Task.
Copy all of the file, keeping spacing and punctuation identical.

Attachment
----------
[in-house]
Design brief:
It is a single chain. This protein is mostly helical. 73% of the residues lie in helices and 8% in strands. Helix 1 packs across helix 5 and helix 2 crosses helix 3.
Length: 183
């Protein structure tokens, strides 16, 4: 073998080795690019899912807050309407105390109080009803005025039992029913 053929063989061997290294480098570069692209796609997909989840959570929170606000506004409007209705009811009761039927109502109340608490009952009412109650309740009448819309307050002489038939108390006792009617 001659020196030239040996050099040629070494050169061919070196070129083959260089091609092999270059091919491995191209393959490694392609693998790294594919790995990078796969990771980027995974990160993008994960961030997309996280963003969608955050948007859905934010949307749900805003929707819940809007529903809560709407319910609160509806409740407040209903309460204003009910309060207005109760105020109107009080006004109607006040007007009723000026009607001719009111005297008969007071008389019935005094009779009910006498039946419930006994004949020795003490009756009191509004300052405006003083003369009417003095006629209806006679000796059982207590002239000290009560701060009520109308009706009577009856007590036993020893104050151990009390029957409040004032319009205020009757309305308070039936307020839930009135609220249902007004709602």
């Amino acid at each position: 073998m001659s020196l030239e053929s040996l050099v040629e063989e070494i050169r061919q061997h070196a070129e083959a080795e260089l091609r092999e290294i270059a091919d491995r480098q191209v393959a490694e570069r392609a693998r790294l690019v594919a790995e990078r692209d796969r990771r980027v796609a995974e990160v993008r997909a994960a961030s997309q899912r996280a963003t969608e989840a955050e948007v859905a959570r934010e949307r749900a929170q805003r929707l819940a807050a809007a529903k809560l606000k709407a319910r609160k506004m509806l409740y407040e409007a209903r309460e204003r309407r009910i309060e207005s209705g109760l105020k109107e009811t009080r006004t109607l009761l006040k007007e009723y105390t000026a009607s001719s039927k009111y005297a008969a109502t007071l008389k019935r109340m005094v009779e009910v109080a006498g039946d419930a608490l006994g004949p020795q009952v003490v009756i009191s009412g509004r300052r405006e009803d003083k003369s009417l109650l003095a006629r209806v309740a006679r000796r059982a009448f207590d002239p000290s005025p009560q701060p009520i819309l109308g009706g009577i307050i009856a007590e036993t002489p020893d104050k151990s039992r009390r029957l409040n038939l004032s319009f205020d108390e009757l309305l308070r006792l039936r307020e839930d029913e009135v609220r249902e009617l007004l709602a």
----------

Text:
[in-house]
Design brief:
It is a single chain. This protein is mostly helical. 73% of the residues lie in helices and 8% in strands. Helix 1 packs across helix 5 and helix 2 crosses helix 3.
Length: 183
């Protein structure tokens, strides 16, 4: 073998080795690019899912807050309407105390109080009803005025039992029913 053929063989061997290294480098570069692209796609997909989840959570929170606000506004409007209705009811009761039927109502109340608490009952009412109650309740009448819309307050002489038939108390006792009617 001659020196030239040996050099040629070494050169061919070196070129083959260089091609092999270059091919491995191209393959490694392609693998790294594919790995990078796969990771980027995974990160993008994960961030997309996280963003969608955050948007859905934010949307749900805003929707819940809007529903809560709407319910609160509806409740407040209903309460204003009910309060207005109760105020109107009080006004109607006040007007009723000026009607001719009111005297008969007071008389019935005094009779009910006498039946419930006994004949020795003490009756009191509004300052405006003083003369009417003095006629209806006679000796059982207590002239000290009560701060009520109308009706009577009856007590036993020893104050151990009390029957409040004032319009205020009757309305308070039936307020839930009135609220249902007004709602």
């Amino acid at each position: 073998m001659s020196l030239e053929s040996l050099v040629e063989e070494i050169r061919q061997h070196a070129e083959a080795e260089l091609r092999e290294i270059a091919d491995r480098q191209v393959a490694e570069r392609a693998r790294l690019v594919a790995e990078r692209d796969r990771r980027v796609a995974e990160v993008r997909a994960a961030s997309q899912r996280a963003t969608e989840a955050e948007v859905a959570r934010e949307r749900a929170q805003r929707l819940a807050a809007a529903k809560l606000k709407a319910r609160k506004m509806l409740y407040e409007a209903r309460e204003r309407r009910i309060e207005s209705g109760l105020k109107e009811t009080r006004t109607l009761l006040k007007e009723y105390t000026a009607s001719s039927k009111y005297a008969a109502t007071l008389k019935r109340m005094v009779e009910v109080a006498g039946d419930a608490l006994g004949p020795q009952v003490v009756i009191s009412g509004r300052r405006e009803d003083k003369s009417l109650l003095a006629r209806v309740a006679r000796r059982a009448f207590d002239p000290s005025p009560q701060p009520i819309l109308g009706g009577i307050i009856a007590e036993t002489p020893d104050k151990s039992r009390r029957l409040n038939l004032s319009f205020d108390e009757l309305l308070r006792l039936r307020e839930d029913e009135v609220r249902e009617l007004l709602a």